After graduating from my Master’s program, I spend a lot of time commiserating with friends and coworkers about being young and stuck. The economy sucks; no one’s retiring, so we can’t even apply for the jobs we want; jobs we don’t want still require a minimum 5 years experience, which we don’t have, and graduate school doesn’t count as experience; or we aren’t sure what we want to do and don’t want to take a temporary desk job just to pay the bills, only to get stuck in a position we don’t care about, but what else is there? This is the byproduct of growing up in the 90s with a strong economy and being told we can be anything we want when we grow up. Oops.

All that miserable company and commiseration makes for a lot of justification and reinforcement and inactivity.  There is more to be said for making changes and being around people who inspire and encourage and push you, instead of feeding into that self-righteous depression.

I’m not on track to make my first million by the time I turn 30. I don’t have a brilliant idea for a start-up. But I do live in a house of people who are willing to work hard to follow their interests. I’ve made small and large changes in an attempt to create the life I want to live. I’m learning that progress, professional and personal, takes time. And more time that I’m comfortable with. I’m doing my best to quell my inner Veruca Salt, but, man is she loud and demanding.

I Should Have Failed Kidergarten

I’m not very good at making friends. I’m also not very good at cutting paper in straight lines, but the latter is less of a necessary life skill, turns out. I’m actually ok at the making friends part, it’s the keeping friends part that I’m less good at. Friendships have to be tended and cultivated. They require things like phone calls and plans to get together. That is where I tend to fail.

When a friend of mine heard that I was leaving Boston, he told me I needed to plan a going-away event and ‘GO OUT WITH A BANG.’ I told him, ‘I don’t think I’ve done anything in my life “WITH A BANG.”‘ I didn’t really feel the need to even tell anyone I was leaving (aside from my landlord and employers), which is sad. In part it’s because I’ll still be going into Boston once a week, and I’ll make it a point to see my friends (seriously, I totally will). But it’s also because I didn’t feel like I made very strong connections in Boston. Now, maybe that’s just my perception, and that’s totally on me.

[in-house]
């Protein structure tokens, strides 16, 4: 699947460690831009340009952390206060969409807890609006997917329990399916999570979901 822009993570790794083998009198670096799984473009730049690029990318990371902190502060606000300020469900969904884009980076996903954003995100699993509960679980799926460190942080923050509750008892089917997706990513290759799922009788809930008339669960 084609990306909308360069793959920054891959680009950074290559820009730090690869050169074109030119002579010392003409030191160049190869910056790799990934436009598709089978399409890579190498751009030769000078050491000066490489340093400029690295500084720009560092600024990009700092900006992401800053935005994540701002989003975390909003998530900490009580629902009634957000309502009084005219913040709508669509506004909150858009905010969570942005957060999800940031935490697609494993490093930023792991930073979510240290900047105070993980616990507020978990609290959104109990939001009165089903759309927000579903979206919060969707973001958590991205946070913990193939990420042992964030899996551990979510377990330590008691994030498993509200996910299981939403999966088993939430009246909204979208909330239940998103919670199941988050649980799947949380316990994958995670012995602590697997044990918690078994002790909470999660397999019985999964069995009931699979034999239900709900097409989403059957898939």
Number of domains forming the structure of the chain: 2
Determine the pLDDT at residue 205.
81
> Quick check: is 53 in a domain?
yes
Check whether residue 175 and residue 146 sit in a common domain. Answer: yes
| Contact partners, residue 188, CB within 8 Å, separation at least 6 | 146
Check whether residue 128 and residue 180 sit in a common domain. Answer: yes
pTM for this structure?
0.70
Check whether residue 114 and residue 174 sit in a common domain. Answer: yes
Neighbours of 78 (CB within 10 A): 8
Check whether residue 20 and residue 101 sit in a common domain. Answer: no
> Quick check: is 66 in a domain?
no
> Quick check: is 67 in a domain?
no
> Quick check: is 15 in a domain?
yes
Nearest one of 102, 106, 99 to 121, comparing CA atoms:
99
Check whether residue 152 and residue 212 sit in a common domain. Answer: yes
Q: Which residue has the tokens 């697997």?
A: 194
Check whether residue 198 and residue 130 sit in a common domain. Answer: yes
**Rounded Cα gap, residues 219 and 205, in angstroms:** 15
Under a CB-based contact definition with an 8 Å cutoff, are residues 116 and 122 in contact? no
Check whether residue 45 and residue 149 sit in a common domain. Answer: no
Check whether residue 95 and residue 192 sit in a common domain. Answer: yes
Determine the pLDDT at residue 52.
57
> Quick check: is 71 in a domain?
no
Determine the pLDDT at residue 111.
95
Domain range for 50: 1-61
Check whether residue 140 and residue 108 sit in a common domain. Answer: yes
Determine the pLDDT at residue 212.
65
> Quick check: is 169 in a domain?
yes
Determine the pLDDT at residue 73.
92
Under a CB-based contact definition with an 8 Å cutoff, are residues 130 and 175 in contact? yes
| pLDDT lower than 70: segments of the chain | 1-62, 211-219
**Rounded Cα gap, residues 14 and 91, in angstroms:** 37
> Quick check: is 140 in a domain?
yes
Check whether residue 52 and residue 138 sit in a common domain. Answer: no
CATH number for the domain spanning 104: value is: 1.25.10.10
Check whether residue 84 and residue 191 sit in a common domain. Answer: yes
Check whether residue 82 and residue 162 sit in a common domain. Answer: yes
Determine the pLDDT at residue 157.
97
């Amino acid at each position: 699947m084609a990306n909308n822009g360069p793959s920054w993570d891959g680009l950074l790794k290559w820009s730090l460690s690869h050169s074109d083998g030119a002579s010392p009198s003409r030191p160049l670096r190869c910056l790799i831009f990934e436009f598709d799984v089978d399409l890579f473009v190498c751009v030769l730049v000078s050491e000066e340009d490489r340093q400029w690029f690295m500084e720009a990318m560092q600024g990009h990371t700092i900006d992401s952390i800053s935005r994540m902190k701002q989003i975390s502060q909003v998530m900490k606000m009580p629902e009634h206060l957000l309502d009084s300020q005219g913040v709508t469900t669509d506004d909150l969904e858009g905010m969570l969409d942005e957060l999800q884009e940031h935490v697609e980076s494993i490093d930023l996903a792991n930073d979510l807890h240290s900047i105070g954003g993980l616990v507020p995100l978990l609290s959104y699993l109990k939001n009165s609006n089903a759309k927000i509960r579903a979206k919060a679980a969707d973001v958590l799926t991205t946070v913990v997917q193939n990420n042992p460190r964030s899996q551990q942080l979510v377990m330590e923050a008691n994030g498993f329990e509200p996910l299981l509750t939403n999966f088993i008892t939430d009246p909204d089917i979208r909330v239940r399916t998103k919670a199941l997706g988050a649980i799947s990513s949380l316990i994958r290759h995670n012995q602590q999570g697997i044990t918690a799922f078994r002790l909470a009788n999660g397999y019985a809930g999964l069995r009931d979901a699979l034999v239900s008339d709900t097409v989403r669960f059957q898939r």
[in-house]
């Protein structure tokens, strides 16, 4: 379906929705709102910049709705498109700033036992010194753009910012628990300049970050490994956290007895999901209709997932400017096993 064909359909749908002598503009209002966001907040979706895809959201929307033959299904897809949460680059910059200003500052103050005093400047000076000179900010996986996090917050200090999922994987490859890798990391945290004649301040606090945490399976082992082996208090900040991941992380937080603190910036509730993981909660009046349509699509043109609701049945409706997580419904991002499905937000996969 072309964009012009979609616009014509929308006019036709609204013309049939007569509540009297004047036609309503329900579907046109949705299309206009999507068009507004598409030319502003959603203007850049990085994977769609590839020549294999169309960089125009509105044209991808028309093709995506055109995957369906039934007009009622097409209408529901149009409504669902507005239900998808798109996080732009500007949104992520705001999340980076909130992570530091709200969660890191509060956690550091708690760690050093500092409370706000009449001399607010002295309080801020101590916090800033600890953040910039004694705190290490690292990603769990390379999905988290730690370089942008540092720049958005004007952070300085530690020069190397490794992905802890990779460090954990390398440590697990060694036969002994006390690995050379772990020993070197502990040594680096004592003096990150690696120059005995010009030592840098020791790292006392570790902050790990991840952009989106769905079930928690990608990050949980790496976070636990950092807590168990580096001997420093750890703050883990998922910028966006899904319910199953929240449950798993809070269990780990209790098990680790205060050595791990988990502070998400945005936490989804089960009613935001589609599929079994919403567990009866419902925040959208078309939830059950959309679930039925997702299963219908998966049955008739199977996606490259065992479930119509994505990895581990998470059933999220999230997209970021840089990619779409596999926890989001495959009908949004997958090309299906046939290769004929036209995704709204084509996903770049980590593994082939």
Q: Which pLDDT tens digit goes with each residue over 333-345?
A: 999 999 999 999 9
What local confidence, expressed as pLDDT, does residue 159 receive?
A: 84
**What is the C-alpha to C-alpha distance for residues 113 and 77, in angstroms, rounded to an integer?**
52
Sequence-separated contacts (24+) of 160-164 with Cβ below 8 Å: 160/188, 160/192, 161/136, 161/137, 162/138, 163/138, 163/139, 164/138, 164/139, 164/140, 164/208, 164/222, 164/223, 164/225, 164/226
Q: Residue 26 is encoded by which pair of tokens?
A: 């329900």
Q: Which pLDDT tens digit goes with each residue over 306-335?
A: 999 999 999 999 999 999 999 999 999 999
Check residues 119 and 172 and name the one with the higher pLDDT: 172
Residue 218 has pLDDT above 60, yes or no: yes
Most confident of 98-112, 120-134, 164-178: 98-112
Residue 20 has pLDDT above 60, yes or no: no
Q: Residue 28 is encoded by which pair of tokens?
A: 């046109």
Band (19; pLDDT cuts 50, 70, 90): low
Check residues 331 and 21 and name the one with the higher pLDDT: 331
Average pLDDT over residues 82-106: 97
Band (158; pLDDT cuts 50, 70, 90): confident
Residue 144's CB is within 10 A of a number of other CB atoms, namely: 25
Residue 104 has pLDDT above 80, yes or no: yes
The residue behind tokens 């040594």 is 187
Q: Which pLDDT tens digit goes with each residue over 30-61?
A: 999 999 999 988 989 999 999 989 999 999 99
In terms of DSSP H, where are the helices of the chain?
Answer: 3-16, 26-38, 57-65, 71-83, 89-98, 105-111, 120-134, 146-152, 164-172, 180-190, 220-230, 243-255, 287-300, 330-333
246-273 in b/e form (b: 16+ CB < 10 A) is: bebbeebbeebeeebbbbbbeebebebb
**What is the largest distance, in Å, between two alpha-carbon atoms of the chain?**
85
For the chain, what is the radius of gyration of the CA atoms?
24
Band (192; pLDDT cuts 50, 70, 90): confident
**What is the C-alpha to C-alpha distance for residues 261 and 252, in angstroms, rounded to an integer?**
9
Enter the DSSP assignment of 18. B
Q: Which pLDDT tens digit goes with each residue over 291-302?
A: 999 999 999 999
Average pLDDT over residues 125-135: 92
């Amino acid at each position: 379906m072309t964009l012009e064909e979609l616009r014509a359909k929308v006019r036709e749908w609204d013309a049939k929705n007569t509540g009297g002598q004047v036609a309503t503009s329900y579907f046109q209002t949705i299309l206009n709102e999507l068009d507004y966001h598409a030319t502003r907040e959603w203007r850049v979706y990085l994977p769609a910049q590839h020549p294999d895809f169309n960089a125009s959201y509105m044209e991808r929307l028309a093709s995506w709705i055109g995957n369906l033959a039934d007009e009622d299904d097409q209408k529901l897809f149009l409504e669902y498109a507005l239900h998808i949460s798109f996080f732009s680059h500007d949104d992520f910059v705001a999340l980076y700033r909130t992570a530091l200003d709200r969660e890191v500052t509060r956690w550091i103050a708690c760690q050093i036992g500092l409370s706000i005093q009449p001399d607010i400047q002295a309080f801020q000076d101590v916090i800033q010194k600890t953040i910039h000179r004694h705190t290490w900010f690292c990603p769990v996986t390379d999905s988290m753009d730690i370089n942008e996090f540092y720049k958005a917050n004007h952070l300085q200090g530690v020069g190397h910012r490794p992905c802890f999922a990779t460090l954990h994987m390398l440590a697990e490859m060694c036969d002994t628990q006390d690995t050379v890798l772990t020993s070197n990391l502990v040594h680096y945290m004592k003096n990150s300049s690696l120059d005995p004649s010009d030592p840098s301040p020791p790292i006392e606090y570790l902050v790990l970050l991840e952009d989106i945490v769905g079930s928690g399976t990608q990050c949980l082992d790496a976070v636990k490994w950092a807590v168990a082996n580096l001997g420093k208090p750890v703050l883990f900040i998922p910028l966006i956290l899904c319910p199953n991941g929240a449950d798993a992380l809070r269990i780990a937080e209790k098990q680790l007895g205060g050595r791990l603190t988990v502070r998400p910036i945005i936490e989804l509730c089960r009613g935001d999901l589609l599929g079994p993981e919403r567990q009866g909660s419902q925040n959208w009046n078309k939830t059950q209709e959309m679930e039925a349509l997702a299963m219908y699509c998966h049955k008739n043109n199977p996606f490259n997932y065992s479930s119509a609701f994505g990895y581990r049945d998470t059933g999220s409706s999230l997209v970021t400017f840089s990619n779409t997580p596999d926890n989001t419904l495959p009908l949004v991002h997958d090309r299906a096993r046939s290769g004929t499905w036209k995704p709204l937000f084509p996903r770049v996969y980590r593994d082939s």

Friendships are infinitely easier in grade school. K-12 you see your friends at least 5 days a week, and on top of that you spend time with them in extra-circulars, and sports, and clubs. Friendships start as incidental and circumstantial. As Louis CK says, You’re friends because you’re the same size. I saw my closest friends all the time. And I loved high school. I know as a nerd/intellectual/later-in-life-smart/creative-person you’re not supposed to have loved high school. But I did. I was teased and whatnot, sure, but I was able to shake it off because I stuck to what I was good at and to whom I was close. It was the best. I actually expected college to be much the same. Of course it wasn’t. There isn’t the same kind of built-in friend structure once you graduate from high school. Not even in the smaller, slightly incestuous-feeling fine arts departments.

I’ve never been the type who, after meeting someone says, ‘Hey! We should exchange numbers and hang out some time!’ or even, We should get coffee, or go see a move, or, anything, really. Outside of classes and extra-circulars and work, I’m not very good at being a friend. Which is a problem when you’re 27 and sporadically employed. I don’t make plans because I assume people are busy or uninterested in hanging out with me (remnants from a best friendship gone bad). As an adult, I have no idea how to really be a friend. Fortunately, I have friends in this town who are better at being a friend than I am.